We took him back to the neurologist only to learn that the fracture was growing and, with each heartbeat, was destroying more of his tiny brain. He would need surgery immediately to remove the dead brain cells and close the fracture.

But this was 1991, and that kind of surgery was still rare and new. We reached out to every medical professional we knew and found a brilliant doctor who’d come from South Africa and was practicing at the local teaching hospital. Because of apartheid, he’d done many surgeries like this on people beaten during that terrible time. And, as fate would have it, when we called for an appointment, someone had just canceled. We were able to see him the next day rather than wait the usual three months.

When Matthew saw this doctor, he waddled up to him and snorted. The doctor squatted down and snorted back, and a bond was formed. Within days, we were at the hospital preparing for surgery.

It was supposed to take two hours.

Five and a half hours later, the doctor came out to reassure us. “You have to be frantic,” he began. “It’s okay, but it was much more involved than we thought.”

The plastic surgeon was still working to puzzle Matthew’s skull back together again and would take another hour or so, but the doctor wanted to share something with us.

“I don’t know what your belief system is,” he began. “People say that I create miracles all the time. I’m in the business of miracle-making. But they’re not really miracles — just good luck and technical knowledge. But I need to tell you that a real miracle happened in there just now.

“The surgery was hard, but I wasn’t alone. Something — someone — was guiding my hands to do things I never dreamed I could do. It was incredible. It was as if I wasn’t even doing the surgery — that the hand of God, or whatever you want to call it, was doing it through me. I’ve never felt anything like it. But it was strong, and we all felt it. I don’t know who your son is or what pull you might have, but I would call what happened in that operating room a real miracle.”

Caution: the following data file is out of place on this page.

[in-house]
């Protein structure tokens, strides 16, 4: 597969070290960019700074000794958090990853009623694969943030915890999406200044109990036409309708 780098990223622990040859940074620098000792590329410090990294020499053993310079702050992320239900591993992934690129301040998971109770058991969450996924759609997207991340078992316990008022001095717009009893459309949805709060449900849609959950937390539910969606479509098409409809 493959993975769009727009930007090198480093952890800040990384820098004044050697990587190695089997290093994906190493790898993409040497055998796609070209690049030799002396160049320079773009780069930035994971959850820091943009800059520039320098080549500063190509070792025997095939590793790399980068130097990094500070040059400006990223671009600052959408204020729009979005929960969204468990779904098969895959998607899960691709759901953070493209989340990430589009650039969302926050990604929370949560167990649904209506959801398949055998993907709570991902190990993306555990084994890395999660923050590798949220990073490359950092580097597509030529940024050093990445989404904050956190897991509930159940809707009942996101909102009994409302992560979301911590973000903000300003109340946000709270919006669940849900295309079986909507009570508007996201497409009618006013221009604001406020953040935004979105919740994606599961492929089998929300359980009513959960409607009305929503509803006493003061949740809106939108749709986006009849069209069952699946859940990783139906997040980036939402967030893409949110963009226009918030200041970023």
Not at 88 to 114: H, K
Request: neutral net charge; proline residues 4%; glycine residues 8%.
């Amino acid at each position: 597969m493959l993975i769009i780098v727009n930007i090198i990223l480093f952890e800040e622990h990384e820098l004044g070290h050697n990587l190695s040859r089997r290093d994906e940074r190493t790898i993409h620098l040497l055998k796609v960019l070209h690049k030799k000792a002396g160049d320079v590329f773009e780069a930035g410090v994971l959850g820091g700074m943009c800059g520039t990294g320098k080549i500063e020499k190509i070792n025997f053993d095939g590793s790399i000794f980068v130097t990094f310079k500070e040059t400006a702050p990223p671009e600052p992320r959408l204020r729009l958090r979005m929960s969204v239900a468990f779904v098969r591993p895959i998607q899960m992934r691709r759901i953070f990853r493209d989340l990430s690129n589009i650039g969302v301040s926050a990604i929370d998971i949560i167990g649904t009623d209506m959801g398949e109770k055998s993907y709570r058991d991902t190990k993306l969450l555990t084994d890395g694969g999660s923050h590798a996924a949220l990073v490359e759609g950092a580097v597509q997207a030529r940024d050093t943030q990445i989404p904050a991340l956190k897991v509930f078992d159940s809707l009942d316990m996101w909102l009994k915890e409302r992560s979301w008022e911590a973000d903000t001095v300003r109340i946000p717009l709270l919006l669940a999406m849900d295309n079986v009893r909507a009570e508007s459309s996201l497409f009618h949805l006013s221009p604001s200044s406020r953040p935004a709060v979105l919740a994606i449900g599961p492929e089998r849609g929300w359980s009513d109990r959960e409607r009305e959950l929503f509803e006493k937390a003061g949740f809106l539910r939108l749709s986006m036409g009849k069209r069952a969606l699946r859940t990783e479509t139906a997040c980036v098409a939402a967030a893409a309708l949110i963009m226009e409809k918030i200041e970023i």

That was twenty-six years ago.

Today, Matthew is still a miracle, and definitely a gift from God. Despite learning disabilities, horrific headaches and ongoing anxiety attacks — the legacies of his fall — Matthew is a behavioral specialist for developmentally disabled young men, dealing with the most severe behaviors and non-verbal young people because he “really understands them.” He’s working two jobs to pay his way through college as he moves toward a master’s degree so he can continue his work with these special kids. He also volunteers at an animal sanctuary and has helped to settle new immigrants from Africa. And he hosts his own video-blog promoting veganism and animal rights. His life is about service, compassion, justice, and love.

Twenty-six years ago, I thought all was lost. Today, I realize that my son’s life is a constant string of miracles, grace and heaven-guided experiences. I have a faith and certainty about my son… and about all our lives in general. For I’ve felt the hand of God.

~Susan Traugh